Global Weekly Executive Summary, 09 FEB 2017

By MDL on February 9, 2018

Spearphising the Olympics

A recent report by security software company McAfee reveals that unknown hackers launched a spearphishing campaign targeting organizations preparing for the 2018 Winter Olympics in Pyeongchang, South Korea.

The primary target were groups affiliated with ice hockey that worked to provide infrastructure or in some other supporting role, but the McAfee report continues, “The attackers appear to be casting a wide net with this campaign.

The first documented phishing email was sent on December 22, 2017, seven weeks before opening ceremonies, at a time when Olympics preparations were ongoing. The phishing emails were addressed to with several organizations included in the BCC field. The email sender’s address was spoofed to  indicate that it came from the National Counter-Terrorism Center of South Korea, an organization that was conducting anti-terror drills in preparation for the Olympics at that time.

According to McAfee, the emails actually came from an IP address in Singapore. It was written in the Korean language and instructed readers to open a text document titled, “Organized by the Ministry of Agriculture and Forestry and Pyeongchang Winter Olympics.” After opening the text file, a message written in English and repeated in Korean asks the user to “enable content to adjust this document to your version of Microsoft Word.”

The malware-infected document launches a PowerShell script when user clicks to “Enable Content.”  The PowerShell script “downloads and reads an image file from a remote location and carves out a hidden PowerShell implant script embedded with in the image file to execute.”  Steganography is used to hide the PowerShell script and is created using the open-source tool Invoke-PSImage. The purpose of the PowerShell implant is to establish communication with the attacker’s server and collect “basic system-level data.”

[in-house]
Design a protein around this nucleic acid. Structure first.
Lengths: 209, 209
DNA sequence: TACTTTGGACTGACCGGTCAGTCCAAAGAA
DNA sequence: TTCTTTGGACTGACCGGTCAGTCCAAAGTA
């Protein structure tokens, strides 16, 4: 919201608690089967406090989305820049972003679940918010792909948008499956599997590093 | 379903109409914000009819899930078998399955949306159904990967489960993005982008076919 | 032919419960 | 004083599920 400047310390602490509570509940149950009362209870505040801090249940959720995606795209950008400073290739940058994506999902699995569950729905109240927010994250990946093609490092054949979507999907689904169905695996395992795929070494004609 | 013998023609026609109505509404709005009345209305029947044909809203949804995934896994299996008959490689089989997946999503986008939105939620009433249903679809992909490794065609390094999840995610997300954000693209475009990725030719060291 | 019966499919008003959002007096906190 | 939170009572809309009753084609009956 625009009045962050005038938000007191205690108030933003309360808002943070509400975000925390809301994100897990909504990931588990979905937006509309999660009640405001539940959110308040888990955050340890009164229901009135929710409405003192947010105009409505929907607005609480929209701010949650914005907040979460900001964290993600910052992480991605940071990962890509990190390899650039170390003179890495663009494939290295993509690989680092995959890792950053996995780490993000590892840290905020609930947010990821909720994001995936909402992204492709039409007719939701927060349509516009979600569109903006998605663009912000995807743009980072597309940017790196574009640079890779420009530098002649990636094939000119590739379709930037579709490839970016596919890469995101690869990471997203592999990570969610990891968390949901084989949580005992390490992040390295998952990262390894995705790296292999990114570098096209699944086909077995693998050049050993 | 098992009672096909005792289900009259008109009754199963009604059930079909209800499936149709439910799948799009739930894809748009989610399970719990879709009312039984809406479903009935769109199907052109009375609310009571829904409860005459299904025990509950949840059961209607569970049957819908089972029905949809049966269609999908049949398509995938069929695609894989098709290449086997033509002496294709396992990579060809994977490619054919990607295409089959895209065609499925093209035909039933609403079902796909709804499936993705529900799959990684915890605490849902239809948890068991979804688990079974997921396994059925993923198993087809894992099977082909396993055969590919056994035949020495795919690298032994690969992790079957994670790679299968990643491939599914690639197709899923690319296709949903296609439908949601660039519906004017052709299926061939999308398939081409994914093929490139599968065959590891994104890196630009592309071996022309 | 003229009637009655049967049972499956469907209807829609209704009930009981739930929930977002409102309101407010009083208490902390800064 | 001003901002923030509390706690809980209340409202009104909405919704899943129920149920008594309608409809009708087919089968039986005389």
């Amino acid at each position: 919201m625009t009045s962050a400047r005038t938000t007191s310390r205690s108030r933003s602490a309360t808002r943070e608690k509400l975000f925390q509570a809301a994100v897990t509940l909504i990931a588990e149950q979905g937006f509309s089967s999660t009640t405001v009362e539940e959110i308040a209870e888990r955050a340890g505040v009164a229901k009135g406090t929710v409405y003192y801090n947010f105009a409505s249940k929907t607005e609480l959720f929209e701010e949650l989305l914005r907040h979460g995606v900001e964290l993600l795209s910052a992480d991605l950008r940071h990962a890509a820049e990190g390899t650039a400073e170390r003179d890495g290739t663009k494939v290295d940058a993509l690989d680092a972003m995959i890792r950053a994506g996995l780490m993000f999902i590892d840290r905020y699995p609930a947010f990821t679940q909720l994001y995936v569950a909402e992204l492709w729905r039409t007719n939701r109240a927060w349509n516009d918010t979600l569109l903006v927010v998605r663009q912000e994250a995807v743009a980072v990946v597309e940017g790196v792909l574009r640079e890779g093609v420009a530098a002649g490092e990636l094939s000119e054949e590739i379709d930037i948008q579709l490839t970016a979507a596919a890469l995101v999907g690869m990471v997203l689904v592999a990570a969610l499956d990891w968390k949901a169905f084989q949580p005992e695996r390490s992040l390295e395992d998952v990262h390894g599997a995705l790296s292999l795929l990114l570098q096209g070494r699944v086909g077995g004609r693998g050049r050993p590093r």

The McAfee report describes further implants used to gain persistence, gather data, and capture keystrokes. The implants are called Gold Dragon, Brave Prince, Ghost419, and RunningRAT. Gold Dragon and Brave Prince are Korean-language implants.

A notable detail in the McAfee report is that steganography was used in some cases. This is the second mention of the use of steganography in recent weeks. Last week, a Motherboard article detailed a custom-made encryption app called Muslim Crypt in the Middle East that allowed users to hide messages in an image file.

Ice hockey plays an important role for North and South Korean relations this Olympics. In January, the North and South Korean governments announced that they would host a joint women’s hockey team, the first team that combined athletes from both countries to appear at the Olympics. North and South Korean athletes marched in the Olympic Opening Ceremonies under a unified flag.


McAfee, Malicious Document Targets Pyeongchang Olympics

Motherboard, This Custom-Made Jihadi Encryption App Hides Messages in Images

New York Times, Olympics Open With Koreas Marching Together, Offering Hope for Peace